CAT Ratings for Ethernet: Everthing You Need To Know

If you are in the position of choosing an Ethernet cable for your network, it pays to be well informed on different Ethernet cable categories. Ethernet cable categories start at Cat3 and run up through Cat8 (skipping Cat4). Quite literally, choosing the correct cable can save you money even if the right cable for you isn’t the cheapest one available. 

Learn more about the different Ethernet cable categories and how choosing a more expensive cable might actually save you money in the long run.

What Are Cat Ratings for Ethernet? 

Cat ratings are category ratings for Ethernet cables. The higher the number, the more bandwidth and data the cable can support. 

There are eight categories of Ethernet cables, although the lower cable categories have effectively been phased out of use today. The eight categories of Ethernet cables are Cat3, Cat5, Cat5e, Cat6, Cat6a, Cat7, Cat7a, and Cat8. 

Cat3 and Cat5 cables are no longer widely used for Ethernet, and neither of them would be a good cable choice for most businesses today. 

Cat5e cables, however, are still pretty widely used today, especially in homes. Cat5e cables have a maximum data transmission of 1 Gbps and a maximum bandwidth of 100 MHz. 

Cat6 cables have a maximum data transmission of 1 Gbps and a maximum bandwidth of 250 MHz.

Cat6a cables have a maximum data transmission of 10 Gbps and a maximum bandwidth of 500 MHz.

Cat7 cables have a maximum data transmission of 100 Gbps and a maximum bandwidth of 600 MHz.

Cat7a cables have a maximum data transmission of 100 Gbps and a maximum bandwidth of 1,000 MHz.

Cat8 cables have a maximum data transmission of 40 Gbps and a maximum bandwidth of 2,000 MHz.

How to Choose an Ethernet Cable 

It might make sense to simply choose the highest category cable available for your business, but there are other variables to consider when choosing a cable. 

Of course, higher cables deliver faster speeds, but they do so to the detriment of the cable’s flexibility and ease of installation. They also cost more than lower category cables. A higher category cable may not physically work in your space. It might also make installation more difficult, labor-intensive, and thus expensive. 

Additionally, installing a cable category that is higher than your devices or network can support might not be worth your money. Having a higher cat cable alone won’t give you faster speeds. However, this is where it gets a bit tricky because you want to install cables that will be ready to support your business in the future.

How a More Expensive Cable Can Save You Money

Today, your devices might not be able to run at the higher speeds supported by a Cat7 cable, for example, but that might not be the case in three years. Higher cat cables are more future-proof than lower cat cables. Installing a higher cat cable today could save you money because it will prevent you from needing to reinstall and re-buy cable in a few years.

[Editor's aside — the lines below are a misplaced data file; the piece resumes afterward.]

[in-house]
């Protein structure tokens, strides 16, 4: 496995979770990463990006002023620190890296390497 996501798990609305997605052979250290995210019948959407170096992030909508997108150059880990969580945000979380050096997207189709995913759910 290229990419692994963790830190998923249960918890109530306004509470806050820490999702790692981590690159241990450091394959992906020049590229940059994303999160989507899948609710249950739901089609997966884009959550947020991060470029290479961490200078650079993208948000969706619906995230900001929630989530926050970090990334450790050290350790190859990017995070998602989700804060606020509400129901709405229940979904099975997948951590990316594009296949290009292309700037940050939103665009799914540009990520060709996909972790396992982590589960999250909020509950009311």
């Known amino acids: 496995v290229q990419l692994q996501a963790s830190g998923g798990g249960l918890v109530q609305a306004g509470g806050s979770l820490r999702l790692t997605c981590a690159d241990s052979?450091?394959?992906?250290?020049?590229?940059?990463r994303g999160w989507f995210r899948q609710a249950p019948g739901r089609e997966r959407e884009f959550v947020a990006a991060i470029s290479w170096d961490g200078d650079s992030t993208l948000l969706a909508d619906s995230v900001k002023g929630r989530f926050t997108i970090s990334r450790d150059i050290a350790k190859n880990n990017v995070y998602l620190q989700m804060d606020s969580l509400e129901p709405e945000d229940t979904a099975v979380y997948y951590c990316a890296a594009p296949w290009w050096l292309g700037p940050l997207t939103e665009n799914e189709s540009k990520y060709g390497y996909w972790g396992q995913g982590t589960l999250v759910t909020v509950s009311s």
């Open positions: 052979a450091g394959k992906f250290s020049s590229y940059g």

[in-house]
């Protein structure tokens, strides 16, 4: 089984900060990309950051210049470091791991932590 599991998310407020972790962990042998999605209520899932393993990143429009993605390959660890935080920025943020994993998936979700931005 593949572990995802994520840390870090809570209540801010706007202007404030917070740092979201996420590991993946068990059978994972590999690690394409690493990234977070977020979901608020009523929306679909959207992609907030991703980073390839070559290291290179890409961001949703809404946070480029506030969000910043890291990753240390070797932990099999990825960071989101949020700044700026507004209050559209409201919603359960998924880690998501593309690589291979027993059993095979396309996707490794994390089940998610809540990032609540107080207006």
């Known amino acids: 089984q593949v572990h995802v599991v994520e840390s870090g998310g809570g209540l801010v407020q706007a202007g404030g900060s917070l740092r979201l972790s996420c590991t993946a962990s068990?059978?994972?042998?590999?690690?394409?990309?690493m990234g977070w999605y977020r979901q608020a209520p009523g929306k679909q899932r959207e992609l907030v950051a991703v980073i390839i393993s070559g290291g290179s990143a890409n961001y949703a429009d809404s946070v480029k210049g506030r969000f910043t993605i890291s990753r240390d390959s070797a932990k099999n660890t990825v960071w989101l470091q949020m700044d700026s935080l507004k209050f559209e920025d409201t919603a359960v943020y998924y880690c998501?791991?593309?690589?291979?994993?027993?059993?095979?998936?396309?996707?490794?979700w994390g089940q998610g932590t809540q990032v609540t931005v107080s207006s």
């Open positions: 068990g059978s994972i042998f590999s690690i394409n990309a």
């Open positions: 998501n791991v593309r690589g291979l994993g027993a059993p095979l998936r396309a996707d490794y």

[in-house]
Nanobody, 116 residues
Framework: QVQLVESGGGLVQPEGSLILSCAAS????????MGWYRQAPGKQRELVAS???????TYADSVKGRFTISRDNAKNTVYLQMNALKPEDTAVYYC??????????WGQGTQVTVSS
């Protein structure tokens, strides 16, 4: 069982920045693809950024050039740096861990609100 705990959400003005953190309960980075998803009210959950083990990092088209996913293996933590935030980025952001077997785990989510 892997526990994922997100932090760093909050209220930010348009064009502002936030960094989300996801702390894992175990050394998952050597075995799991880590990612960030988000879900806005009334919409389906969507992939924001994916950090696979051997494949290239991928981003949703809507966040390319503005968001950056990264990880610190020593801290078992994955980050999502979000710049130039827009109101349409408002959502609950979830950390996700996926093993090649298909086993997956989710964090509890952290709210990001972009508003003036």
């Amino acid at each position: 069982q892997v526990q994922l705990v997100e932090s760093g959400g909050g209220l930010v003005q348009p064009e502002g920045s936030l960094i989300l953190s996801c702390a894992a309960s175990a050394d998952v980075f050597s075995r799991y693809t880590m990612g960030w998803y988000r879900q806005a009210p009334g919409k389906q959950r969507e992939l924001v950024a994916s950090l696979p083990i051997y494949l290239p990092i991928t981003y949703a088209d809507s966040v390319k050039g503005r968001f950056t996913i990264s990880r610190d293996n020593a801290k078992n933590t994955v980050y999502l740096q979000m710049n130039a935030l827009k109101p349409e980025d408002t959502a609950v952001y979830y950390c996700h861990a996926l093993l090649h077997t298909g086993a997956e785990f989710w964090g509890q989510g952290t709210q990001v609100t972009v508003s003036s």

There is a lot to consider when choosing the right cable. Below, you’ll find comparisons of different cable types to help you make your decision. 

Is Cat6 or 5 Better?  

Almost without fail, Cat6 is better than Cat5. Cat5 is quickly becoming outdated, and devices in the future may not support Cat5 cables. If you’re trying to decide between the two, always go with Cat6. 

Is Cat 5 or 5e Better?

Again, Cat5 cables are being phased out in many cases, so it’s almost always better to go with Cat5e. While Cat5e may become antiquated in the near future, it is still in use today, and it can provide the speeds your business needs to function. 

Is Cat6 or 6a Better? 

Deciding between Cat6 and Cat6a is a bit trickier. Cat6 is a good choice. It’s a flexible cable that is compatible with modern devices and network speeds. It’s also cheaper than Cat6a cable. Cat6a cable, however, is quickly becoming more prevalent and is the ultimate option if you want to future-proof your business and save money long-term. The chances of needing to reinstall and upgrade cabling in the near future if you choose Cat6a are slim. If, however, you go with Cat6, you might find yourself spending money on cable and installation again in the next 10 or 20 years. 

Is Cat6 or 7 Better? 

Cat6 and Cat6a cables are both reasonable options for most businesses. If you need more bandwidth than Cat6a can offer, it makes sense to go with the more expensive Cat7 or Cat7a cable. These cables will be more expensive and more difficult to install, however. When analyzing your business needs, it might make sense to spend more money and work through a more difficult installation. If, however, you don’t need that bandwidth, it’s best to go with Cat6a. 

Is Cat8 or 7 Better? 

While most cable categories increase data transmission and bandwidth in small increments, Cat8 makes a huge jump from its closest category, Cat7a. Most businesses won’t need Cat8 cables. If you’re transmitting a lot of data, however, Cat8 cables are top-of-the-line. They’re best for large server rooms and data centers, and they will definitely future-proof your business. For many businesses, however, they’re unnecessary and Cat7 or Cat6a cables will suffice. 

Understanding Cat Ratings for Ethernet 

With a better understanding of cat ratings for Ethernet, you can choose the right cable for your business. To be most efficient, choose the cable that can support your devices and desired network speeds. A cable that supports speeds faster than your network provides is likely a waste of money. 

By choosing Cat6a or higher, you can be confident that your business is future-proofed, and you won’t need to run new cables in the near future. As technology inevitably continues to advance and change, new cable categories may yet be on the horizon

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